BslA is a self-assembling bacterial hydrophobin that coats the Bacillus subtilis biofilm

Laura Hobley, Adam Ostrowski, Francesco V. Rao, Keith M. Bromley, Michael Porter, Alan R. Prescott, Cait E. Macphee, Daan M. F. van Aalten, Nicola R. Stanley-Wall (Lead / Corresponding author)

    Research output: Contribution to journalArticlepeer-review

    216 Citations (Scopus)


    Biofilms represent the predominant mode of microbial growth in the natural environment. Bacillus subtilis is a ubiquitous Gram-positive soil bacterium that functions as an effective plant growth-promoting agent. The biofilm matrix is composed of an exopolysaccharide and an amyloid fiber-forming protein, TasA, and assembles with the aid of a small secreted protein, BslA. Here we show that natively synthesized and secreted BslA forms surface layers around the biofilm. Biophysical analysis demonstrates that BslA can self-assemble at interfaces, forming an elastic film. Molecular function is revealed from analysis of the crystal structure of BslA, which consists of an Ig-type fold with the addition of an unusual, extremely hydrophobic "cap" region. A combination of in vivo biofilm formation and in vitro biophysical analysis demonstrates that the central hydrophobic residues of the cap are essential to allow a hydrophobic, nonwetting biofilm to form as they control the surface activity of the BslA protein. The hydrophobic cap exhibits physiochemical properties remarkably similar to the hydrophobic surface found in fungal hydrophobins; thus, BslA is a structurally defined bacterial hydrophobin. We suggest that biofilms formed by other species of bacteria may have evolved similar mechanisms to provide protection to the resident bacterial community.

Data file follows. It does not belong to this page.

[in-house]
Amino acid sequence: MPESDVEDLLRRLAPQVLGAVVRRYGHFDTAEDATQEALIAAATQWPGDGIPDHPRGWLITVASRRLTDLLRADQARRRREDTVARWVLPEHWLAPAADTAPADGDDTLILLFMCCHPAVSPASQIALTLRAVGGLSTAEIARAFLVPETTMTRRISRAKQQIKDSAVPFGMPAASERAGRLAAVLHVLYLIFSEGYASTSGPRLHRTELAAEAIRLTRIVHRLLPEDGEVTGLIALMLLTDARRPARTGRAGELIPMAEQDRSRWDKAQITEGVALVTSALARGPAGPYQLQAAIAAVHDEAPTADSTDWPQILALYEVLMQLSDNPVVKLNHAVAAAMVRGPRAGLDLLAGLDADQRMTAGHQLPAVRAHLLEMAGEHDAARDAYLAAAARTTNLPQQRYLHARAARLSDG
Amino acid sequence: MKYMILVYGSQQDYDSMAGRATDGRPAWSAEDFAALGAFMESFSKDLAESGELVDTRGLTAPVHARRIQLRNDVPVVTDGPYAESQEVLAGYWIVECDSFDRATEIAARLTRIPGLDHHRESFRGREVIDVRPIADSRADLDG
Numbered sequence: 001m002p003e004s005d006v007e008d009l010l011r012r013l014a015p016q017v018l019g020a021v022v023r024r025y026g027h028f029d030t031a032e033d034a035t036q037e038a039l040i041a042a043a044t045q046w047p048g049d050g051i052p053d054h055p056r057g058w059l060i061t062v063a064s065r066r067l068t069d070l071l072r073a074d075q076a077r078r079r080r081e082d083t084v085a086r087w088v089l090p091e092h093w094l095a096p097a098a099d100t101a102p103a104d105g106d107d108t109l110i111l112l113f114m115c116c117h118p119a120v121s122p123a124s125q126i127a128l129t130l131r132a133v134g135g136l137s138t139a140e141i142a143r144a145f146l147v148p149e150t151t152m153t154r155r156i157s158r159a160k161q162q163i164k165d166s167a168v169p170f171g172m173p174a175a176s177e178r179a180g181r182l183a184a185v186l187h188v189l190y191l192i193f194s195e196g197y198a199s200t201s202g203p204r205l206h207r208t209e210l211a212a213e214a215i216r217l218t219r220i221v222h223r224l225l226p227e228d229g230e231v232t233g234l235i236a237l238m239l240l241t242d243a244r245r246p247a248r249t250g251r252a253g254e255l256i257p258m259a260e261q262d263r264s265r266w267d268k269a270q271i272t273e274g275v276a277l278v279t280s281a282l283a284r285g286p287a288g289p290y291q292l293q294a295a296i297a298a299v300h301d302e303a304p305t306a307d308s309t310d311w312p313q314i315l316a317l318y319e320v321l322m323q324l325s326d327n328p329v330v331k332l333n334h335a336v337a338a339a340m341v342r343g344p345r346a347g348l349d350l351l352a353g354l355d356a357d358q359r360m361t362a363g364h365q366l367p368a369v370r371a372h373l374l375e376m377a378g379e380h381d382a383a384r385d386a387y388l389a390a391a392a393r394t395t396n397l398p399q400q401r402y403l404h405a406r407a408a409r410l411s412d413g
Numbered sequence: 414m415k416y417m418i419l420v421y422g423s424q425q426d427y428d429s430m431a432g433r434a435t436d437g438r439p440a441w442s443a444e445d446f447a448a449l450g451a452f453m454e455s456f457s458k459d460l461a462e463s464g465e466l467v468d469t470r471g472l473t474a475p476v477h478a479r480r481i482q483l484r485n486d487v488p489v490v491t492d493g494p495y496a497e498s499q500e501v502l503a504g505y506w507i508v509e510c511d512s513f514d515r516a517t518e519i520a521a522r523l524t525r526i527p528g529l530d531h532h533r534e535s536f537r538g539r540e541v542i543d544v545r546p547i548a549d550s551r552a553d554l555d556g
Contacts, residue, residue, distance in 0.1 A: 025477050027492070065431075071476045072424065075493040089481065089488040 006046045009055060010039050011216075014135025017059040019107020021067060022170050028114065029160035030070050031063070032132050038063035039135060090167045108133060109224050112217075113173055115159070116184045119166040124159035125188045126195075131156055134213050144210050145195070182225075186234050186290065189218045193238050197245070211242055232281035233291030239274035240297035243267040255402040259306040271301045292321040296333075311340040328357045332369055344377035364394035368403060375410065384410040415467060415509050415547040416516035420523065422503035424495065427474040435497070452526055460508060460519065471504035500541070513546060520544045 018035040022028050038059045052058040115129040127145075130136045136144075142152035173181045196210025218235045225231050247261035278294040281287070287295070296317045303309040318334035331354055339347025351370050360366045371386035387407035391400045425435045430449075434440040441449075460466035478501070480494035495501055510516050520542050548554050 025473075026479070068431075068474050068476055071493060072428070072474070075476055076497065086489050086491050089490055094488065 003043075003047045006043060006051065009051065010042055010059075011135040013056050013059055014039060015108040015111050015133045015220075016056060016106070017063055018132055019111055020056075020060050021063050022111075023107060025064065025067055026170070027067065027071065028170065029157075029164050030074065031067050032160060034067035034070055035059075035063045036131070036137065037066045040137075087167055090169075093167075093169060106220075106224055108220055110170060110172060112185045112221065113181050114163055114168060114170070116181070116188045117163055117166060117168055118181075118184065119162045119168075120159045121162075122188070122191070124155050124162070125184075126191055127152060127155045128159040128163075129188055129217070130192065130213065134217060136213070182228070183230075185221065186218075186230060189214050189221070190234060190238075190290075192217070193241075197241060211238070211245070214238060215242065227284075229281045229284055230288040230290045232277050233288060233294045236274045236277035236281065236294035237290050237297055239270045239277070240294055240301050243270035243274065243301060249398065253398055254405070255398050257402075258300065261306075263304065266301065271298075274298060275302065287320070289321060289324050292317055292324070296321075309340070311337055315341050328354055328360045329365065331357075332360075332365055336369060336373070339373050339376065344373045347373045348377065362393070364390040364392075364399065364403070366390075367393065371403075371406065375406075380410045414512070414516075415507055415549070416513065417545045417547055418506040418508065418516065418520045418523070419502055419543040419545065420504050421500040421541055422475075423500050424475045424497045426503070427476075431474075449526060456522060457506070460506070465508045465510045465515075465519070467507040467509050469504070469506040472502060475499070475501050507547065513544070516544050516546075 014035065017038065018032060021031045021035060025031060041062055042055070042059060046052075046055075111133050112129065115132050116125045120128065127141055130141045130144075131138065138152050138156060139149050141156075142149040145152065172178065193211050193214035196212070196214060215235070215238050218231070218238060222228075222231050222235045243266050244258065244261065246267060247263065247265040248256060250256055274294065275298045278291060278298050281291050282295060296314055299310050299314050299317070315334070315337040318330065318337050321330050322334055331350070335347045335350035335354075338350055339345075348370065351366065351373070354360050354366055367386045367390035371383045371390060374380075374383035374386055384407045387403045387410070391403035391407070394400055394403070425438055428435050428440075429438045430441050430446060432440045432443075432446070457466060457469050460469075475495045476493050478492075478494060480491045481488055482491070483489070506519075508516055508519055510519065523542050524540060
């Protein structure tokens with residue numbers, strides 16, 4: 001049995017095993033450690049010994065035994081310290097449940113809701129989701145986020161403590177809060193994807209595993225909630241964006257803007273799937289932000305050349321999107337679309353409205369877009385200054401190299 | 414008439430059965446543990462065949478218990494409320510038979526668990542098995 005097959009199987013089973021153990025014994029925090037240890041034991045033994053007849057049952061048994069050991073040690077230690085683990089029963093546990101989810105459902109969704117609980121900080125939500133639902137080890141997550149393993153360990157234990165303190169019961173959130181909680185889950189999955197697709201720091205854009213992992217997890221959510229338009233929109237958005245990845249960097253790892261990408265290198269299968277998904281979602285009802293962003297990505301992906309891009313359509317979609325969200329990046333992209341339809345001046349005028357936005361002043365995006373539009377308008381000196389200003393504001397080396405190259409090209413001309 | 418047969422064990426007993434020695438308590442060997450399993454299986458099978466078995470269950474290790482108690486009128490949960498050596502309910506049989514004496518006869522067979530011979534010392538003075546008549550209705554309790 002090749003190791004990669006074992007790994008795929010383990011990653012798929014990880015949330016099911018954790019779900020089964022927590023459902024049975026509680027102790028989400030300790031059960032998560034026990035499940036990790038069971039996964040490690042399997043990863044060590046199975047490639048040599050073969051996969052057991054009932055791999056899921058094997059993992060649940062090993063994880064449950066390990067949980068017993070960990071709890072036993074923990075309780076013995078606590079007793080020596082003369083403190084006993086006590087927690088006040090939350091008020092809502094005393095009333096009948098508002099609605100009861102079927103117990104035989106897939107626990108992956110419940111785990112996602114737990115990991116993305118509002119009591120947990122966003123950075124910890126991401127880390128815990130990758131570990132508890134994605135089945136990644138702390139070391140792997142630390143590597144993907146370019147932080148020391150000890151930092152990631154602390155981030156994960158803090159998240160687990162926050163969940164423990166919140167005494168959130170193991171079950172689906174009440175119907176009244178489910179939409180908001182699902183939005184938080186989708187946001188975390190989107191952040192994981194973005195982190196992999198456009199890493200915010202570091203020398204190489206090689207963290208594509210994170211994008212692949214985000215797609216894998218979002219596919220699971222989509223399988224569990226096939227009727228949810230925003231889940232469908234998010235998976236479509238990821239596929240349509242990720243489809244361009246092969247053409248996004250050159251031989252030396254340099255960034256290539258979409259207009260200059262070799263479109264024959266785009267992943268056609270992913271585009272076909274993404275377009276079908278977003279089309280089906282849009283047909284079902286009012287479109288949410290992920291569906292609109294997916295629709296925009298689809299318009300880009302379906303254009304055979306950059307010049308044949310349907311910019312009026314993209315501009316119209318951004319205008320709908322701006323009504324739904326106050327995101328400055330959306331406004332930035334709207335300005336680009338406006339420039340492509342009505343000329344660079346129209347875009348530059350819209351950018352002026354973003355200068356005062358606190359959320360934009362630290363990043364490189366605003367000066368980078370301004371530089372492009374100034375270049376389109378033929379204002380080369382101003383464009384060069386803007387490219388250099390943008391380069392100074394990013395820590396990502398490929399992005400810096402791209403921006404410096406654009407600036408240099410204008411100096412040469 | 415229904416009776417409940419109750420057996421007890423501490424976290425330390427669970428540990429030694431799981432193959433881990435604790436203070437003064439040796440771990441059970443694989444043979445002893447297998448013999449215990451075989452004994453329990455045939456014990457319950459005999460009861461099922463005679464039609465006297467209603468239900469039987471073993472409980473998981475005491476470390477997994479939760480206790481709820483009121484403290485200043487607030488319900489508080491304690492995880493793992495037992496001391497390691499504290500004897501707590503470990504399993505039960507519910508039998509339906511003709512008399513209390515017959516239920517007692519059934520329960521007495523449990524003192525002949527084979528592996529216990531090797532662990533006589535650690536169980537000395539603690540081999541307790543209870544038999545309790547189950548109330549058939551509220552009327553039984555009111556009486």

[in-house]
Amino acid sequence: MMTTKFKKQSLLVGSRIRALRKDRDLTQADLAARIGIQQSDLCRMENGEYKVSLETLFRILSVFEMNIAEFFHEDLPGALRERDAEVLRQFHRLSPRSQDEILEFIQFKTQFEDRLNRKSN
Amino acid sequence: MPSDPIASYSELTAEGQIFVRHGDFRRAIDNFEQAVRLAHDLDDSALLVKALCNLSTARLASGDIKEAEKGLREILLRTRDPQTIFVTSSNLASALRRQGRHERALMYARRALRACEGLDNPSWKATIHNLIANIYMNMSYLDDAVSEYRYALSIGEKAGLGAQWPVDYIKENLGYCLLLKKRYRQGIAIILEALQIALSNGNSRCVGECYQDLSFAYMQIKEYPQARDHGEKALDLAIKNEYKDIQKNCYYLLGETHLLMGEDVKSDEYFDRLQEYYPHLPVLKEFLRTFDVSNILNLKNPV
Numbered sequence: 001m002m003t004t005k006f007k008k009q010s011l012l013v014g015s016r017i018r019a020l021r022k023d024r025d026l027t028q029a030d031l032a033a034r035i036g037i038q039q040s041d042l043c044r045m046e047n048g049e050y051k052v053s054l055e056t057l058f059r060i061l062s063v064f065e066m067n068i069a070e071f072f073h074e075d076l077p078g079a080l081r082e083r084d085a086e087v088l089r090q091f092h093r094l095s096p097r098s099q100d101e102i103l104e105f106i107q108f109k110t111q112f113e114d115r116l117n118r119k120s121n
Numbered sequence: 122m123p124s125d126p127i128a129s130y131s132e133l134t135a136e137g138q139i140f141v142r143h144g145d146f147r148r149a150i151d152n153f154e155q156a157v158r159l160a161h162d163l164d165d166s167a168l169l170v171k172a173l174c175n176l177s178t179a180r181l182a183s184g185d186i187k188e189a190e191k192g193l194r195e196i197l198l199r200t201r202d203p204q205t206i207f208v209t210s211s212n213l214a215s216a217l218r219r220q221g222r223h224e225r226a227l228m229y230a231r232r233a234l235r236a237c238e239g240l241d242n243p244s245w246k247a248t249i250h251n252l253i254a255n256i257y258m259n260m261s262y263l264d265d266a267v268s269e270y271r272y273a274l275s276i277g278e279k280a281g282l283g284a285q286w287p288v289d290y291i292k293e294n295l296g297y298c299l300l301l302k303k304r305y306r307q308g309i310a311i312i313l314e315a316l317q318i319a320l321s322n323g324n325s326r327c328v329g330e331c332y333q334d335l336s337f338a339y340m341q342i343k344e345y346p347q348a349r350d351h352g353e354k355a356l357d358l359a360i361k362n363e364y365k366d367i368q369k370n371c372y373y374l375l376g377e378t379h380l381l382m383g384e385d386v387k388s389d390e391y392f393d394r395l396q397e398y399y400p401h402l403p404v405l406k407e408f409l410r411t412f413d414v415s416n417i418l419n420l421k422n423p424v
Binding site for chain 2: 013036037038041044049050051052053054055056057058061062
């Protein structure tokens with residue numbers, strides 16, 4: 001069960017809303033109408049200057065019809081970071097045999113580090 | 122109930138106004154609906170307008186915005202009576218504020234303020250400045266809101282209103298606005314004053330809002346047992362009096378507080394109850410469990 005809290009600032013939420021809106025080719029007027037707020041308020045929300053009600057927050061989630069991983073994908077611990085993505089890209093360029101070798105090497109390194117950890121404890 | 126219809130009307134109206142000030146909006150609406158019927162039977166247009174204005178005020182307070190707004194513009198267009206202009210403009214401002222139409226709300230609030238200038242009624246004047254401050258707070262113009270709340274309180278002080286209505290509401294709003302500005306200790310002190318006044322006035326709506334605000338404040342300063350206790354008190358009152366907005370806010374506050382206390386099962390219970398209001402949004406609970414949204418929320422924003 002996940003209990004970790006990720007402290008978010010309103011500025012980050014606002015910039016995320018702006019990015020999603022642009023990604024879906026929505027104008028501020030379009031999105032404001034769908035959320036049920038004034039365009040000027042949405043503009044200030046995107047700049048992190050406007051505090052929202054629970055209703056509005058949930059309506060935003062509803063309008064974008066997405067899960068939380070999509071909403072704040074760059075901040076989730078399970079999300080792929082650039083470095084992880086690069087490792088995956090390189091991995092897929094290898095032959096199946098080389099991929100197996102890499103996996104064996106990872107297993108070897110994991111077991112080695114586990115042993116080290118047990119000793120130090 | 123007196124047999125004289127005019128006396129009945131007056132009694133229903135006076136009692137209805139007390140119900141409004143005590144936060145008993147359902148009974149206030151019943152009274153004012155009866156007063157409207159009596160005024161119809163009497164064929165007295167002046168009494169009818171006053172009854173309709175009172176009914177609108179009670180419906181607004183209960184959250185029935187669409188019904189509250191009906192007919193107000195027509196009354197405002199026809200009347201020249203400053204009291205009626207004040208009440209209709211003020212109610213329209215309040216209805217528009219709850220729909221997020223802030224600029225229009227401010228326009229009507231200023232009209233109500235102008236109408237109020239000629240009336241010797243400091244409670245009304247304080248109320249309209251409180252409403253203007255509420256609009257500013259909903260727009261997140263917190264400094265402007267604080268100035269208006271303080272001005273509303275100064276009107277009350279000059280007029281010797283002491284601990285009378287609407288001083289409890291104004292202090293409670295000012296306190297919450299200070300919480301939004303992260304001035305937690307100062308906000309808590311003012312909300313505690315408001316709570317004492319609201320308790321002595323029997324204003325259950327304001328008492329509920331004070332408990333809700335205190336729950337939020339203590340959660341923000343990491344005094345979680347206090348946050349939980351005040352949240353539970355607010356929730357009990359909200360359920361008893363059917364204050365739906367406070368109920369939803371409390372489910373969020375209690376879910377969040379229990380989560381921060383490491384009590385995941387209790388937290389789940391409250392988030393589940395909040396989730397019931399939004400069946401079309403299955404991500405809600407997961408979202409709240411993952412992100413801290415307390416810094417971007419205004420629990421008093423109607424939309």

Original languageEnglish
    Pages (from-to)13600-13605
    Number of pages6
    JournalProceedings of the National Academy of Sciences of the United States of America
    Issue number33
    Publication statusPublished - 13 Aug 2013


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